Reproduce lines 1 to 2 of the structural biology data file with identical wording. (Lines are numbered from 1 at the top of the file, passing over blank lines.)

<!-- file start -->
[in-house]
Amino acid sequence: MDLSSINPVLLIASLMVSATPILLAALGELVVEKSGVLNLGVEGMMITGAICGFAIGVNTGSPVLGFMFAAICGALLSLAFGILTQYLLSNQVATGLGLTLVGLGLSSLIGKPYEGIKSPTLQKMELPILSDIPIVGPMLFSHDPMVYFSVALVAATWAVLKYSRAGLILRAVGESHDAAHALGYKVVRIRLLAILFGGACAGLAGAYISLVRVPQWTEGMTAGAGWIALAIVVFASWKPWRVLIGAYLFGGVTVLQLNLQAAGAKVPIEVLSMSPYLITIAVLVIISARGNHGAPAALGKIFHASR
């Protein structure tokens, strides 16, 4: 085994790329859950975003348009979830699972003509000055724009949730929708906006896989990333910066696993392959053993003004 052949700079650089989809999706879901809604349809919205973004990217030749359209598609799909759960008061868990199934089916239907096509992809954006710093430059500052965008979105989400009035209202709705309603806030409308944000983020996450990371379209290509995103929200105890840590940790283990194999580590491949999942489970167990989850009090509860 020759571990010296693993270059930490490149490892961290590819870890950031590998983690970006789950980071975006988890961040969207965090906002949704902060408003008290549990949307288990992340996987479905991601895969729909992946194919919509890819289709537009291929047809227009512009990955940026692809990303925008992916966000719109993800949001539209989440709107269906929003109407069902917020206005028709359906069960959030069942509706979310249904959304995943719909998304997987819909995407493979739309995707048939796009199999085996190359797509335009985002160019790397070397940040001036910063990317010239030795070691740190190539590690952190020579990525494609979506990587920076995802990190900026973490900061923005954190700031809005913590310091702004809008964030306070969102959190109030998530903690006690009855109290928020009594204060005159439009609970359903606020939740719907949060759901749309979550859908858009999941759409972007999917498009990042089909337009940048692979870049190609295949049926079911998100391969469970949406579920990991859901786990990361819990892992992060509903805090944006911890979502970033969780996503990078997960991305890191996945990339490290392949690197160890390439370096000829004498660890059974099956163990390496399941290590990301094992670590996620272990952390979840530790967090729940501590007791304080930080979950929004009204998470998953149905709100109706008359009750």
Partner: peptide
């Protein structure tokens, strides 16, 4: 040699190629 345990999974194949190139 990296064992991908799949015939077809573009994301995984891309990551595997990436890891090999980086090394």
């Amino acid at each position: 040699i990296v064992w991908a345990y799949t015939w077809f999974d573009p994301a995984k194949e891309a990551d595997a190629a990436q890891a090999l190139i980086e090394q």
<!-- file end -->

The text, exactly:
[in-house]
Amino acid sequence: MDLSSINPVLLIASLMVSATPILLAALGELVVEKSGVLNLGVEGMMITGAICGFAIGVNTGSPVLGFMFAAICGALLSLAFGILTQYLLSNQVATGLGLTLVGLGLSSLIGKPYEGIKSPTLQKMELPILSDIPIVGPMLFSHDPMVYFSVALVAATWAVLKYSRAGLILRAVGESHDAAHALGYKVVRIRLLAILFGGACAGLAGAYISLVRVPQWTEGMTAGAGWIALAIVVFASWKPWRVLIGAYLFGGVTVLQLNLQAAGAKVPIEVLSMSPYLITIAVLVIISARGNHGAPAALGKIFHASR